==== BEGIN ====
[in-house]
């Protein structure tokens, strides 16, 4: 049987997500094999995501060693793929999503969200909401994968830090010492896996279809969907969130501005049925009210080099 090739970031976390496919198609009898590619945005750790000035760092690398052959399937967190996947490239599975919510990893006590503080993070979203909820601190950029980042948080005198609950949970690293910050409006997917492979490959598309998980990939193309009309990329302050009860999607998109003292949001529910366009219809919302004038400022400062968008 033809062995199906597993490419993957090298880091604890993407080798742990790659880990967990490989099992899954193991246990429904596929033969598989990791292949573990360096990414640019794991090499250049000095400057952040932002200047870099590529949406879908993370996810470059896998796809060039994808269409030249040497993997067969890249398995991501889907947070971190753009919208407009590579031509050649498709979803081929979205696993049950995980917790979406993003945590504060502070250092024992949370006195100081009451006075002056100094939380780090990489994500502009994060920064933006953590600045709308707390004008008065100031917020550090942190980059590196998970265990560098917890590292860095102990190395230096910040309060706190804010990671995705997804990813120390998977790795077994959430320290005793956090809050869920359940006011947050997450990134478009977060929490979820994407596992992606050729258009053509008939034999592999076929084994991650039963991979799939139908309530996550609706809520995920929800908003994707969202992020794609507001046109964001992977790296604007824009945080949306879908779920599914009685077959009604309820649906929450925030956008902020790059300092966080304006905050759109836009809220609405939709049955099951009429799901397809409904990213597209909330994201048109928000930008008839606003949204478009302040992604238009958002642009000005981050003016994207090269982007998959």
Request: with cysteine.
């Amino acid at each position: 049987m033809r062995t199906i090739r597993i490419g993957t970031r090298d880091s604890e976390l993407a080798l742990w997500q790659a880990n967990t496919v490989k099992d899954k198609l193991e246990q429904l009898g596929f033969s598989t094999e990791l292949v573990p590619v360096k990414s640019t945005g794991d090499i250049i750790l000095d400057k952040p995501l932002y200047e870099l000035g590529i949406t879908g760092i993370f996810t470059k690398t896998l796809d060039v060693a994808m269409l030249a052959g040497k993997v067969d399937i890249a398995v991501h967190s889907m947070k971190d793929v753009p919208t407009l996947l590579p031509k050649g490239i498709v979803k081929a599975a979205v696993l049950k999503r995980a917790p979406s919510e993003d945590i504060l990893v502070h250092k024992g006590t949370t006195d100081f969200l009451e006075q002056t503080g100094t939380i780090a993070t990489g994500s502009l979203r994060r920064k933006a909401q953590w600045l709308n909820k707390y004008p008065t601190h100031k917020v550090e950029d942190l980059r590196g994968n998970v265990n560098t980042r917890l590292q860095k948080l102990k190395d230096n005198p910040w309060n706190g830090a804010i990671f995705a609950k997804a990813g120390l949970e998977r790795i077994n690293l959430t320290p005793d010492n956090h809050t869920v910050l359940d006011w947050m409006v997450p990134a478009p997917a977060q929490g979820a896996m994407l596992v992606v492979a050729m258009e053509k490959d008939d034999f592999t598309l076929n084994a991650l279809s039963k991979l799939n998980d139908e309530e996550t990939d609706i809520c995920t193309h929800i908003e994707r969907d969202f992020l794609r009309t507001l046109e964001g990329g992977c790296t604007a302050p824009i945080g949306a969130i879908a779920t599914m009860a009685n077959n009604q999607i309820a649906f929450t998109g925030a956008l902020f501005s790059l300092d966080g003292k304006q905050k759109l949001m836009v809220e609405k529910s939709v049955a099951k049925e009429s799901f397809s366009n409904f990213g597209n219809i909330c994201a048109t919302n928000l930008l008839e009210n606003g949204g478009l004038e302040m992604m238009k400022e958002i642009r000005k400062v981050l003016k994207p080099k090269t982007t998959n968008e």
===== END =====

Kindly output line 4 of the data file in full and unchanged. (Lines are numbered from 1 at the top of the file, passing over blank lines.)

């Amino acid at each position: 049987m033809r062995t199906i090739r597993i490419g993957t970031r090298d880091s604890e976390l993407a080798l742990w997500q790659a880990n967990t496919v490989k099992d899954k198609l193991e246990q429904l009898g596929f033969s598989t094999e990791l292949v573990p590619v360096k990414s640019t945005g794991d090499i250049i750790l000095d400057k952040p995501l932002y200047e870099l000035g590529i949406t879908g760092i993370f996810t470059k690398t896998l796809d060039v060693a994808m269409l030249a052959g040497k993997v067969d399937i890249a398995v991501h967190s889907m947070k971190d793929v753009p919208t407009l996947l590579p031509k050649g490239i498709v979803k081929a599975a979205v696993l049950k999503r995980a917790p979406s919510e993003d945590i504060l990893v502070h250092k024992g006590t949370t006195d100081f969200l009451e006075q002056t503080g100094t939380i780090a993070t990489g994500s502009l979203r994060r920064k933006a909401q953590w600045l709308n909820k707390y004008p008065t601190h100031k917020v550090e950029d942190l980059r590196g994968n998970v265990n560098t980042r917890l590292q860095k948080l102990k190395d230096n005198p910040w309060n706190g830090a804010i990671f995705a609950k997804a990813g120390l949970e998977r790795i077994n690293l959430t320290p005793d010492n956090h809050t869920v910050l359940d006011w947050m409006v997450p990134a478009p997917a977060q929490g979820a896996m994407l596992v992606v492979a050729m258009e053509k490959d008939d034999f592999t598309l076929n084994a991650l279809s039963k991979l799939n998980d139908e309530e996550t990939d609706i809520c995920t193309h929800i908003e994707r969907d969202f992020l794609r009309t507001l046109e964001g990329g992977c790296t604007a302050p824009i945080g949306a969130i879908a779920t599914m009860a009685n077959n009604q999607i309820a649906f929450t998109g925030a956008l902020f501005s790059l300092d966080g003292k304006q905050k759109l949001m836009v809220e609405k529910s939709v049955a099951k049925e009429s799901f397809s366009n409904f990213g597209n219809i909330c994201a048109t919302n928000l930008l008839e009210n606003g949204g478009l004038e302040m992604m238009k400022e958002i642009r000005k400062v981050l003016k994207p080099k090269t982007t998959n968008e």